Lighting up lives
Sizanani informal settlement in northern Gauteng had a significant life-changing experience in early March when solar streetlights that illuminate areas almost the size of a football pitch were donated, putting an end to residents’ fears of walking outside at night.
A South African company, in partnership with a United Kingdom-based company, used the opportunity also to introduce house-lighting solar kits and technologies that can reduce the electricity consumption of conventional streetlights by up to 70%.
“Our life has totally changed,” says one of the project’s beneficiaries. “The solar lights are keeping us out of the dark and our children are enjoying longer hours of reading.”
Jerry Mahlangu, a representative of the Tshwane Metro, says it is considering using these technologies throughout the capital city and its neighbouring townships.
“One of the benefits of using solar energy both in the house and [on] the streets is that it provides an uninterrupted power supply. As long as the sun is in existence, so will be the supply of solar energy,” says Jeffrey Ngwenya, director of Amandhla, one of the companies involved in the donation.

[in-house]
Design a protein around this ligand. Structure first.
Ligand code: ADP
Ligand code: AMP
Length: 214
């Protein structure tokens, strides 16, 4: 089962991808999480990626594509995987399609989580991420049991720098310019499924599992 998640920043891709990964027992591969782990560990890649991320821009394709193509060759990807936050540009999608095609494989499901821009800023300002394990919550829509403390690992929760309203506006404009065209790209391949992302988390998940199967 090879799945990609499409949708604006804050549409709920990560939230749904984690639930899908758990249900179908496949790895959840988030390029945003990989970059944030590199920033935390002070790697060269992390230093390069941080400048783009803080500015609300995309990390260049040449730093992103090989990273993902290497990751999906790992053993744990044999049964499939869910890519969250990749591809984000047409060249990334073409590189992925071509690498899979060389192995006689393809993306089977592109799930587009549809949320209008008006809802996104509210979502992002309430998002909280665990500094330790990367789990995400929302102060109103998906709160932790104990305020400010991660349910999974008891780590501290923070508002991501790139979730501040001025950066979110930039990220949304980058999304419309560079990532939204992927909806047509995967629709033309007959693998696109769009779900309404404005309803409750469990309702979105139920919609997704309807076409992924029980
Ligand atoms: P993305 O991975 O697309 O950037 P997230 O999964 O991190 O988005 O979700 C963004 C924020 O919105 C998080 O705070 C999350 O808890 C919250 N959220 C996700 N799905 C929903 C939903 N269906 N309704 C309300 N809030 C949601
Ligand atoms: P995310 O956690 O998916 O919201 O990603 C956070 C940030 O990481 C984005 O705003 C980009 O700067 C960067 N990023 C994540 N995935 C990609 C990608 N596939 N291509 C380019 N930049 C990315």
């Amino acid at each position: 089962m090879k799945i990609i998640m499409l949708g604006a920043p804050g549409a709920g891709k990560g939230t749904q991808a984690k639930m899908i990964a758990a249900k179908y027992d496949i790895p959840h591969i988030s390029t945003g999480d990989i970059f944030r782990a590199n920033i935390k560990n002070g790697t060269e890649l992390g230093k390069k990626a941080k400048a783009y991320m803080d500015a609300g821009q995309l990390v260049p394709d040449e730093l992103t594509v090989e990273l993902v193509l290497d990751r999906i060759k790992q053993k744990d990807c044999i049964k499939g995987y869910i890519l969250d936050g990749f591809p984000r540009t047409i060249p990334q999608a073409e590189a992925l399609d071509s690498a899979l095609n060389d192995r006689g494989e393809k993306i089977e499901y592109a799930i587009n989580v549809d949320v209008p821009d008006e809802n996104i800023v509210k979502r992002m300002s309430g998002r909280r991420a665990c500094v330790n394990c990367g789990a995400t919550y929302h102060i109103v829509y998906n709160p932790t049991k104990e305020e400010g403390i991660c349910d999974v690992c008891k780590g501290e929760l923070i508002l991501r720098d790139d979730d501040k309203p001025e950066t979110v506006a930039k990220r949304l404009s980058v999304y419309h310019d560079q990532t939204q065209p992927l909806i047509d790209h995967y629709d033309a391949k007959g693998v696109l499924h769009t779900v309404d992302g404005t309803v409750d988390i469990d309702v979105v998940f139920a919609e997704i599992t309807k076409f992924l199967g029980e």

“Our position is that no one should go without electricity in South Africa,” he says. “This is why we have chosen to launch our solar kits in a poor community.”
Home-lighting kits were supplied to four of the most disadvantaged families living in Sokhulumi. Craig Morgan, director of Videre Global, says the expensive kits were of the highest quality.
“The long-term plan was to manufacture the kits locally to cut down on costs,” he says. “One of the ways to supply affordable solar lighting products is to sub-contract local companies to manufacture some of the components, and in the long term to assemble the kits locally.
“Another advantage of sub-contracting local companies is that it helps to grow the local economy, and at the same time creates employment and sustainability of solar energy technology supply.”
For the first time, children from disadvantaged families would be able to read for longer hours, says Ngwenya. This would create the opportunity for them to improve their matric passes, so they could be admitted to institutions of higher learning.
“We believe that upon finishing tertiary education, these children will come back to develop Sokhulumi through providing scarce skills and services.”